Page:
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Adhesion and Surface Energy Explained

There are a number of quick and simple tests to determine the effectiveness of a particular plasma process upon a surface.

Adhesion and surface energy test methods have the benefit of being applicable to both untreated and treated surfaces and so also provide a useful comparison before and after processing. Each test is effectively providing information about the surface energy of the material being tested. Before describing the various test methods it is therefore useful to review what we mean by surface energy. 

 

Surface Energy - Why it is so important to consider when using plasma treatment equipment?

Adhesion and Surface Energy Explained - henniker plasma technology surface adhesion energy

Molecules within the body or bulk of a material are surrounded in all directions by other molecules. To create a surface some of these bonds must be broken, which requires energy. Some of this excess energy is ‘stored’ in the surface because the surface molecules are no longer surrounded on all sides by the same molecules as in the bulk; there are unsatisfied bonds on the surfaces.

Surface energy is defined as the excess energy at the surface of a material compared with the bulk material itself. Now let’s consider what happens when a liquid comes into contact with a surface. If the molecules of the liquid are attracted to each other more strongly than to the surface then the liquid won’t wet the surface very well, instead of forming beads. Conversely, if there is a larger attraction to the surface then the liquid will spread out more.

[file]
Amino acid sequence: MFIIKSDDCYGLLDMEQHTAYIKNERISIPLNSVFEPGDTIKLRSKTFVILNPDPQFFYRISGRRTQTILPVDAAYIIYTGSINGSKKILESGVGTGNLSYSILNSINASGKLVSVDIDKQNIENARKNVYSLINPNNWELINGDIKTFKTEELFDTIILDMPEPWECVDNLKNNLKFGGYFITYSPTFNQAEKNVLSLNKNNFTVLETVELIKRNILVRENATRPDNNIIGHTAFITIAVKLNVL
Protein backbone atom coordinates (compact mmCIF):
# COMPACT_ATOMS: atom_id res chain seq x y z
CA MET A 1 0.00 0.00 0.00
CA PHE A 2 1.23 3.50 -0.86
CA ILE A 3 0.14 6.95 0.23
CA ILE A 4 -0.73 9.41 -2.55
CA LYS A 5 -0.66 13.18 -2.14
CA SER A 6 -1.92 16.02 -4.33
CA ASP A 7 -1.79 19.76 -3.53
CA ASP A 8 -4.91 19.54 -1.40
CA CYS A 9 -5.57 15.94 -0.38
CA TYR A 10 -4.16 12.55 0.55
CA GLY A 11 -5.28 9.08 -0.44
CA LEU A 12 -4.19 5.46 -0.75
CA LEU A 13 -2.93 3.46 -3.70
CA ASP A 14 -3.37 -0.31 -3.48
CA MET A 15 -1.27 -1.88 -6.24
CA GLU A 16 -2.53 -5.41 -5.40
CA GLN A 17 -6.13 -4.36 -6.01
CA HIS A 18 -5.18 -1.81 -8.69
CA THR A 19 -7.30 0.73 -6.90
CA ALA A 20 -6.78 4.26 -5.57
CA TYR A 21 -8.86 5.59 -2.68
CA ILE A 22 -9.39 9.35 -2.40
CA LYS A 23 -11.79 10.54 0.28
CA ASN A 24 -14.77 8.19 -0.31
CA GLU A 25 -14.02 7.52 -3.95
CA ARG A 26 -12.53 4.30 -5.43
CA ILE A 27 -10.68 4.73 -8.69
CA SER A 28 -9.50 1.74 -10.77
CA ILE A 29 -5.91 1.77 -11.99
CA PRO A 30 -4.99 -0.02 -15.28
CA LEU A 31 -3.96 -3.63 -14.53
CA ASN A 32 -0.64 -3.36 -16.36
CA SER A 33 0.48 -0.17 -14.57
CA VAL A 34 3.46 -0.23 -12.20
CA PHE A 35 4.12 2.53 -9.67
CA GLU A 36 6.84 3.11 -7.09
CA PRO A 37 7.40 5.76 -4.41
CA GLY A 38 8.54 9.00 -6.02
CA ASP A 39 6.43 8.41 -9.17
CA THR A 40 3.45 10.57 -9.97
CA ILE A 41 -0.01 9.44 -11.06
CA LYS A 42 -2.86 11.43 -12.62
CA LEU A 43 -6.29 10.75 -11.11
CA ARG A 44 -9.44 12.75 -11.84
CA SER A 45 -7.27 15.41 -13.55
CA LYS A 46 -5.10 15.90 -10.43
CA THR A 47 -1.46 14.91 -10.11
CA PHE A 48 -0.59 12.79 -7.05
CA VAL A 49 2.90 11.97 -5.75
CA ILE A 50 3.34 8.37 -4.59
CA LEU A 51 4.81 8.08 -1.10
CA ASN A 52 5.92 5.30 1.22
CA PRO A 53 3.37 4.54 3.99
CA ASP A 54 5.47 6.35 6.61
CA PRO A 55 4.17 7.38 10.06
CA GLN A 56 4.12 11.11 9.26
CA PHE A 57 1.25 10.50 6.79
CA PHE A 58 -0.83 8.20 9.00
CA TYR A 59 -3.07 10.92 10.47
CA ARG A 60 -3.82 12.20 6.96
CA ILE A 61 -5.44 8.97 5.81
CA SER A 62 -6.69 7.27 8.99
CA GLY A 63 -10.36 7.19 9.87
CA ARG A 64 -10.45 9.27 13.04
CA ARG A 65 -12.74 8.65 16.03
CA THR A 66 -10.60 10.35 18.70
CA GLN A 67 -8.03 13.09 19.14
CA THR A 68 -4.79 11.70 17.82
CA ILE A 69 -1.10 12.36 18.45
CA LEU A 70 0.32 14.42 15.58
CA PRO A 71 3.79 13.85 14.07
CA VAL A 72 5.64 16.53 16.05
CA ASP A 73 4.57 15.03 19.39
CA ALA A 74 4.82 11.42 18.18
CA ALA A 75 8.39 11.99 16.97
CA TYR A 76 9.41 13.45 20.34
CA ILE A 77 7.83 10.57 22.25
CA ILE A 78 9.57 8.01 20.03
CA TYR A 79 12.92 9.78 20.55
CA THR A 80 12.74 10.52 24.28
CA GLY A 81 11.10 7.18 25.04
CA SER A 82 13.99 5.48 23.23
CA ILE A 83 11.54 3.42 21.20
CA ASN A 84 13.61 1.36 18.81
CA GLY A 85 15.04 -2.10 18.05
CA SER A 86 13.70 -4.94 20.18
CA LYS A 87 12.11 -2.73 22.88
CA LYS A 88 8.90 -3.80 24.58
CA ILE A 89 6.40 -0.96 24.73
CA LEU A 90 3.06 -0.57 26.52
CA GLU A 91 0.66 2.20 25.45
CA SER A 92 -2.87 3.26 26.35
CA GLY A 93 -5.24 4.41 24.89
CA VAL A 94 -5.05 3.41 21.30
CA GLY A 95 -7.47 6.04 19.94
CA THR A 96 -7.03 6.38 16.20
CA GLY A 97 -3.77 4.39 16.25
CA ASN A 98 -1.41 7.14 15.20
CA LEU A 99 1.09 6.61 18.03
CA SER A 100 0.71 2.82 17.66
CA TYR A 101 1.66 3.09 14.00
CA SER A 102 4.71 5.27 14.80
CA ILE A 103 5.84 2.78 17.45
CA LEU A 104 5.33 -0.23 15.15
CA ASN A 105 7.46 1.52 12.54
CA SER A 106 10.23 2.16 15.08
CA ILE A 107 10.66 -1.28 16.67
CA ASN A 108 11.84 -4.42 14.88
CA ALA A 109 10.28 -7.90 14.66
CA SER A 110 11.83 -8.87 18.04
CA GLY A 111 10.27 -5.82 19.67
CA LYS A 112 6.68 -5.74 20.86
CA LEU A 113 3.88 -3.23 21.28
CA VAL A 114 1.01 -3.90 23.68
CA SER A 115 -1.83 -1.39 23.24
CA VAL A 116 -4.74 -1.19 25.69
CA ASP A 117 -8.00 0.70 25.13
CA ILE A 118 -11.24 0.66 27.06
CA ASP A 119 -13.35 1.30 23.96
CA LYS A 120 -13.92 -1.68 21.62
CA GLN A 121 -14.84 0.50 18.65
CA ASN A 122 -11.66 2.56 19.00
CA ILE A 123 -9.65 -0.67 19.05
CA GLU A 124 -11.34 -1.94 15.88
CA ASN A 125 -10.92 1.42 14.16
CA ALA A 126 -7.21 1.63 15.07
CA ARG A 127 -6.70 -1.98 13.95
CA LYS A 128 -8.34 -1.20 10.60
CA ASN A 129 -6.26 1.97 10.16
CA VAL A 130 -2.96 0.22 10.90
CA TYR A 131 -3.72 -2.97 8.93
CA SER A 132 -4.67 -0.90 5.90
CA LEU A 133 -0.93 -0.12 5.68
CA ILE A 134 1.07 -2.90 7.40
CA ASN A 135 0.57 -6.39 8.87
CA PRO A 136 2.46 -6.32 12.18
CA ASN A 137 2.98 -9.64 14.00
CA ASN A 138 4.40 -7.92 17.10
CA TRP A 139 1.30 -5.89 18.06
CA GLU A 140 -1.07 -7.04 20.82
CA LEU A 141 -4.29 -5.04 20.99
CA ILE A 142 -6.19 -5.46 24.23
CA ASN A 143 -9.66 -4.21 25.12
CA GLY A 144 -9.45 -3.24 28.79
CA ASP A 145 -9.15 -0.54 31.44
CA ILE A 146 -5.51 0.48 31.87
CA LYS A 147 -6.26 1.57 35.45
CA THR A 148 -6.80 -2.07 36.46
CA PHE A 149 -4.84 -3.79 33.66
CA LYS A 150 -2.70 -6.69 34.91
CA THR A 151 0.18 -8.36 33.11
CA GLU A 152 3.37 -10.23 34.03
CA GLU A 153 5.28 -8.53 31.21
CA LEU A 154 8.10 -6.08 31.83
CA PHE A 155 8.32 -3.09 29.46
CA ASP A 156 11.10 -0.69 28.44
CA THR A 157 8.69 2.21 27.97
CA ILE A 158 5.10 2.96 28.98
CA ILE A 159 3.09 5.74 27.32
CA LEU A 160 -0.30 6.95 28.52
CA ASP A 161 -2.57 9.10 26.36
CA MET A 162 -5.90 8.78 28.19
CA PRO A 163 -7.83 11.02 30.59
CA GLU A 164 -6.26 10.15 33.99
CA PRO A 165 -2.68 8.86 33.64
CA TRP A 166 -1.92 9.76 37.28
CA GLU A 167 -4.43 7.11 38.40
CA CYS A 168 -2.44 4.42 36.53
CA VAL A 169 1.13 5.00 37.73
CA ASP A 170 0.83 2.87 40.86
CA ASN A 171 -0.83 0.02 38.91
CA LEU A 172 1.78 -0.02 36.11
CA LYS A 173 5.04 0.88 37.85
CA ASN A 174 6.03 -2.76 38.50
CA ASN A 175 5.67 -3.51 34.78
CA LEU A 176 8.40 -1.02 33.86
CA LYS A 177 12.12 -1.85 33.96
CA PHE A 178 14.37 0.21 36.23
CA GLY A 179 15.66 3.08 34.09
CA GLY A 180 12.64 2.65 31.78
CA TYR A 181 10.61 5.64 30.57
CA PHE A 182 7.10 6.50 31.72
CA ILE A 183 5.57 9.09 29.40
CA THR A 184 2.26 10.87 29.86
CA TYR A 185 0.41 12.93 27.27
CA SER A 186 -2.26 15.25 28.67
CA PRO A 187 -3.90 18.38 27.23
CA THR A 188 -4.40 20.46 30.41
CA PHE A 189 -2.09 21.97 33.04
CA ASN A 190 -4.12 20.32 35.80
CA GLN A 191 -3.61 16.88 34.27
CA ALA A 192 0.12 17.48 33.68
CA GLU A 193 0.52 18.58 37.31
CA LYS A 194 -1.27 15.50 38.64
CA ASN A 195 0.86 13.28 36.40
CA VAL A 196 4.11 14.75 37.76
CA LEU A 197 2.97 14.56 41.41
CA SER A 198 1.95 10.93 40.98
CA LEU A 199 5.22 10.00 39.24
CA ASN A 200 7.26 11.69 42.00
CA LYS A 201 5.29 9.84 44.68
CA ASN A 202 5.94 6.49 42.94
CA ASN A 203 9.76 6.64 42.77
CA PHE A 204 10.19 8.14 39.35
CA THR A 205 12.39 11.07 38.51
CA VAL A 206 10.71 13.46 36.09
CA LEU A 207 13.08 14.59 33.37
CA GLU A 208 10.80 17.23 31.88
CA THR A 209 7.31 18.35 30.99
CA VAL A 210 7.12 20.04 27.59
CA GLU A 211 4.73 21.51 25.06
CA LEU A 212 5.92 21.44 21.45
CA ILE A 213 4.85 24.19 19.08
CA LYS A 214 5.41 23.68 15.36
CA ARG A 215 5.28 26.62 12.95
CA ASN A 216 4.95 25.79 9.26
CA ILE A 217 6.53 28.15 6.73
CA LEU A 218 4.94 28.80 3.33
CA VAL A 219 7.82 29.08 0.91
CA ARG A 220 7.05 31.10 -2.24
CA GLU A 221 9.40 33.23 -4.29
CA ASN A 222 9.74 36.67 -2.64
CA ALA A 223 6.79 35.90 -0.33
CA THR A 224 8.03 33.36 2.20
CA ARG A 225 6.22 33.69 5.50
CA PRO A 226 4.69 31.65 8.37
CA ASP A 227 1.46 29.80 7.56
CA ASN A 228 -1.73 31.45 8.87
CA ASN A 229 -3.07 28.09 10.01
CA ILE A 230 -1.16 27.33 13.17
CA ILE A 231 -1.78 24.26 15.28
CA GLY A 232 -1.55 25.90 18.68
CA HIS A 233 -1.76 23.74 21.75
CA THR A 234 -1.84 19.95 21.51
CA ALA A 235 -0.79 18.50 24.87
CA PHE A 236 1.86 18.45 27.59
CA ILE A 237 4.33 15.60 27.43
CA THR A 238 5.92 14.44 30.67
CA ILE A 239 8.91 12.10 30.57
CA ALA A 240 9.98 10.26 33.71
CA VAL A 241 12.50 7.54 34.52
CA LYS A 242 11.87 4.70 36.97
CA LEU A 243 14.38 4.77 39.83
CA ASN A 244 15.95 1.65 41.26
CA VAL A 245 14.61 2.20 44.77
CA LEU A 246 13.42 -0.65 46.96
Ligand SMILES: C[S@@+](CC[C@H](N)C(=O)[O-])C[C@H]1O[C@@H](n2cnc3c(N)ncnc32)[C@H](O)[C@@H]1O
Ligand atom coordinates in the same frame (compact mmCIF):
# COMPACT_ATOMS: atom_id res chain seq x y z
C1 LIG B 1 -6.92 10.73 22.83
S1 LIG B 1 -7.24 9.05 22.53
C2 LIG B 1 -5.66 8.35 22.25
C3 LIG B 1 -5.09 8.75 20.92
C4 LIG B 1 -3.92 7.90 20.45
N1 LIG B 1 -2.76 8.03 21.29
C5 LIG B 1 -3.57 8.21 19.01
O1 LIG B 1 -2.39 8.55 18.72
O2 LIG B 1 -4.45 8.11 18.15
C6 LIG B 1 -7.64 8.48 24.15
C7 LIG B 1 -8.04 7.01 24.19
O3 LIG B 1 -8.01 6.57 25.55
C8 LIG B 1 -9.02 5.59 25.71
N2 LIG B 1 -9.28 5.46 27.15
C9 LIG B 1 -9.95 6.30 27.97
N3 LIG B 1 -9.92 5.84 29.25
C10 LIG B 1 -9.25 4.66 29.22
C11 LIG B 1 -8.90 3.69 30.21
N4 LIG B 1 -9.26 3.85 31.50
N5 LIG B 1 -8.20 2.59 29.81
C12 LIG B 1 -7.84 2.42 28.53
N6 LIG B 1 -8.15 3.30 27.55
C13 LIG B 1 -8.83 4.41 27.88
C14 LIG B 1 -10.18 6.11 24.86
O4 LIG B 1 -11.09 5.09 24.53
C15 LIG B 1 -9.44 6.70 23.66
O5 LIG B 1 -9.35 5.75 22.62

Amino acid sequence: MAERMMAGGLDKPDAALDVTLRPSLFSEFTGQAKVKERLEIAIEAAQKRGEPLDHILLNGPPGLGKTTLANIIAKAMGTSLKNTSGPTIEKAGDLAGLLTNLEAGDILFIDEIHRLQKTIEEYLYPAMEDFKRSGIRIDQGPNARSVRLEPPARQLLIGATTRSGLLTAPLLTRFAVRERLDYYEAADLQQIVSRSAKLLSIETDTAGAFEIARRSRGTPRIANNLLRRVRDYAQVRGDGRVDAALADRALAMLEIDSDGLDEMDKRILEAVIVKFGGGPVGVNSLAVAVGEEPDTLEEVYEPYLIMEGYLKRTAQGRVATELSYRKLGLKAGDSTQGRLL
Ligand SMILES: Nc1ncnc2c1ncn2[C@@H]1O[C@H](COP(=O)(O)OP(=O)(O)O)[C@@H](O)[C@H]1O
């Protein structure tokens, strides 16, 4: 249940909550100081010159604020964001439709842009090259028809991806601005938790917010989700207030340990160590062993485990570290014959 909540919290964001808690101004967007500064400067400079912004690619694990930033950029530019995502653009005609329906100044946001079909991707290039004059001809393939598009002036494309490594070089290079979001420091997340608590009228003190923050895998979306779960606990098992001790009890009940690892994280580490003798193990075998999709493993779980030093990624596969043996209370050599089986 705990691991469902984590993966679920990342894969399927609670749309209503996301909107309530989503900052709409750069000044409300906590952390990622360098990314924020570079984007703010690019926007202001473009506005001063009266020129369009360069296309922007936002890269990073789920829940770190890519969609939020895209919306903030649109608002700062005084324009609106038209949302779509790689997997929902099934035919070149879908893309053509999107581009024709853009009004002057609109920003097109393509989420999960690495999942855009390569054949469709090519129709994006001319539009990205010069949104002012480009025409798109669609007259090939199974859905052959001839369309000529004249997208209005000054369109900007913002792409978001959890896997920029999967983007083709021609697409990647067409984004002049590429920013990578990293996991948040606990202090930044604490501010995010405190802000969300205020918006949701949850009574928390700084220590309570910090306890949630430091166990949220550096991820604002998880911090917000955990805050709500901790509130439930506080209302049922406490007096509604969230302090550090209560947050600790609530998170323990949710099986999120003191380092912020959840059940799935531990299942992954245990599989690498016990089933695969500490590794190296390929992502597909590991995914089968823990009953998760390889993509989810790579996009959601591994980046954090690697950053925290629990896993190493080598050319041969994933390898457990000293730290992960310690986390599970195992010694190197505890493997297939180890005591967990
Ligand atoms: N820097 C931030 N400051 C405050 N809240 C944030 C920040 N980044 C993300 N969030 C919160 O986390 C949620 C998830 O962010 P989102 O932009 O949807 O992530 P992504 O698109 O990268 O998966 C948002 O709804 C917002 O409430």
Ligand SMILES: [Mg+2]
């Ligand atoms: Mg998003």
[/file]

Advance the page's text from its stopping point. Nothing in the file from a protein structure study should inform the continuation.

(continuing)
Adhesion and Surface Energy Explained - henniker plasma surface energy illustration

It follows that if a particular surface has a higher surface energy it will wet more easily and, since the ability to wet a surface is, in turn, a simple definition of the adhesion characteristics of the surface, it will be easier to glue/print/paint or bond to that surface.

Surfaces that have predominately carbon-hydrogen (C-H) bonds tend to have low surface energies and so do not wet easily e.g. wax. Surfaces that have lots of oxygen-hydrogen bonds (O-H) have higher surface energies and therefore better adhesion characteristics. Polyethylene and polypropylene are examples of low energy surfaces.

Plasma treatments aim to convert low energy surfaces to higher energy surfaces by removing hydrogen from the surface and attaching oxygen-containing species in its place.  Other ‘functional groups’ can also be formed at the surface to give different and interesting properties.

Surface energy test methods

See our dedicated plasma technology section and our surface energy products range for more details.

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